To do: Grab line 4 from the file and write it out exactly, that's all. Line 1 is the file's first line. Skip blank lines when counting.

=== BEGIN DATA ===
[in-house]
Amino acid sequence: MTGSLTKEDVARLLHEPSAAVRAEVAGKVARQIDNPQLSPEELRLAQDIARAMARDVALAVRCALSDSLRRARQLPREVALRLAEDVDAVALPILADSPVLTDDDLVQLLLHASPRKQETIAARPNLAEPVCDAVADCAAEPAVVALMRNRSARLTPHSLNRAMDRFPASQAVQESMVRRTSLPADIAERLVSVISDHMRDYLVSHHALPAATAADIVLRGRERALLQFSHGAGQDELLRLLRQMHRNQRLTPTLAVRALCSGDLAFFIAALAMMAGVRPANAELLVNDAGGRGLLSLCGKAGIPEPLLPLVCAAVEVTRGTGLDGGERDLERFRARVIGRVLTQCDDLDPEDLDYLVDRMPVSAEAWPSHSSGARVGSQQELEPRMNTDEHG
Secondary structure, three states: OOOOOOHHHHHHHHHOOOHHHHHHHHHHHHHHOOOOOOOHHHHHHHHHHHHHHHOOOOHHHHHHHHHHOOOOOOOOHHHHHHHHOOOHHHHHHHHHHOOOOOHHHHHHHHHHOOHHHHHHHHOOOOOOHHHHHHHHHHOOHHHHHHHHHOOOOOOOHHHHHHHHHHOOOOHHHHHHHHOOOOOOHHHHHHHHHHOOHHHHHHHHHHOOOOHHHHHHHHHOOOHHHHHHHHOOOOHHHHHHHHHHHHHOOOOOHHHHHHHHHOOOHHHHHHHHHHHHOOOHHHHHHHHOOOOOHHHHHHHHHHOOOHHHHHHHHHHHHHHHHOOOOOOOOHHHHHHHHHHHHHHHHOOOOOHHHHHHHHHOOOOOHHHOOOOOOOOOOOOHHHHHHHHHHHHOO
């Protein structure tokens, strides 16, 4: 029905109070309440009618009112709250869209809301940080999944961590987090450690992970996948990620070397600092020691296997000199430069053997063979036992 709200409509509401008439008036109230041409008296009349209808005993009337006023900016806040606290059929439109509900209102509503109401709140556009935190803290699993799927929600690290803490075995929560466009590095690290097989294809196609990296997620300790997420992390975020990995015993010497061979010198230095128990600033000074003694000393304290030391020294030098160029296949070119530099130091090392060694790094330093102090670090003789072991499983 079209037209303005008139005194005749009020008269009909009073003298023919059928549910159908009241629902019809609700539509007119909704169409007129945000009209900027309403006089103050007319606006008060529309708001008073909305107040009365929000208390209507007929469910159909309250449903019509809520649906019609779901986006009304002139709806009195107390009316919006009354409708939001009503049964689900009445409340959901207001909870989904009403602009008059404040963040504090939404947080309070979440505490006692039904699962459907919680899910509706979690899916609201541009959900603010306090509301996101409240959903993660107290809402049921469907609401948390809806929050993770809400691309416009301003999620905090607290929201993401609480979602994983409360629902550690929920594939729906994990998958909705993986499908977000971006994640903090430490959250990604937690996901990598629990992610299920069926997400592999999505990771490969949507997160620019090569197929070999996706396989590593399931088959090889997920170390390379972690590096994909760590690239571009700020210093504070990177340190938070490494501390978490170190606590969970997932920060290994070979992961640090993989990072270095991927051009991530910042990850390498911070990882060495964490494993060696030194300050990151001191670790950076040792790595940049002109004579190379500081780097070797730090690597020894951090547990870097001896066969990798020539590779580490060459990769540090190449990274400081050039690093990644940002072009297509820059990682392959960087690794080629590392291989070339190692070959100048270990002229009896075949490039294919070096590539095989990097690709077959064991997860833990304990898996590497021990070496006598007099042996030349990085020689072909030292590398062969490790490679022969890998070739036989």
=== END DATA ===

């Protein structure tokens, strides 16, 4: 029905109070309440009618009112709250869209809301940080999944961590987090450690992970996948990620070397600092020691296997000199430069053997063979036992 709200409509509401008439008036109230041409008296009349209808005993009337006023900016806040606290059929439109509900209102509503109401709140556009935190803290699993799927929600690290803490075995929560466009590095690290097989294809196609990296997620300790997420992390975020990995015993010497061979010198230095128990600033000074003694000393304290030391020294030098160029296949070119530099130091090392060694790094330093102090670090003789072991499983 079209037209303005008139005194005749009020008269009909009073003298023919059928549910159908009241629902019809609700539509007119909704169409007129945000009209900027309403006089103050007319606006008060529309708001008073909305107040009365929000208390209507007929469910159909309250449903019509809520649906019609779901986006009304002139709806009195107390009316919006009354409708939001009503049964689900009445409340959901207001909870989904009403602009008059404040963040504090939404947080309070979440505490006692039904699962459907919680899910509706979690899916609201541009959900603010306090509301996101409240959903993660107290809402049921469907609401948390809806929050993770809400691309416009301003999620905090607290929201993401609480979602994983409360629902550690929920594939729906994990998958909705993986499908977000971006994640903090430490959250990604937690996901990598629990992610299920069926997400592999999505990771490969949507997160620019090569197929070999996706396989590593399931088959090889997920170390390379972690590096994909760590690239571009700020210093504070990177340190938070490494501390978490170190606590969970997932920060290994070979992961640090993989990072270095991927051009991530910042990850390498911070990882060495964490494993060696030194300050990151001191670790950076040792790595940049002109004579190379500081780097070797730090690597020894951090547990870097001896066969990798020539590779580490060459990769540090190449990274400081050039690093990644940002072009297509820059990682392959960087690794080629590392291989070339190692070959100048270990002229009896075949490039294919070096590539095989990097690709077959064991997860833990304990898996590497021990070496006598007099042996030349990085020689072909030292590398062969490790490679022969890998070739036989």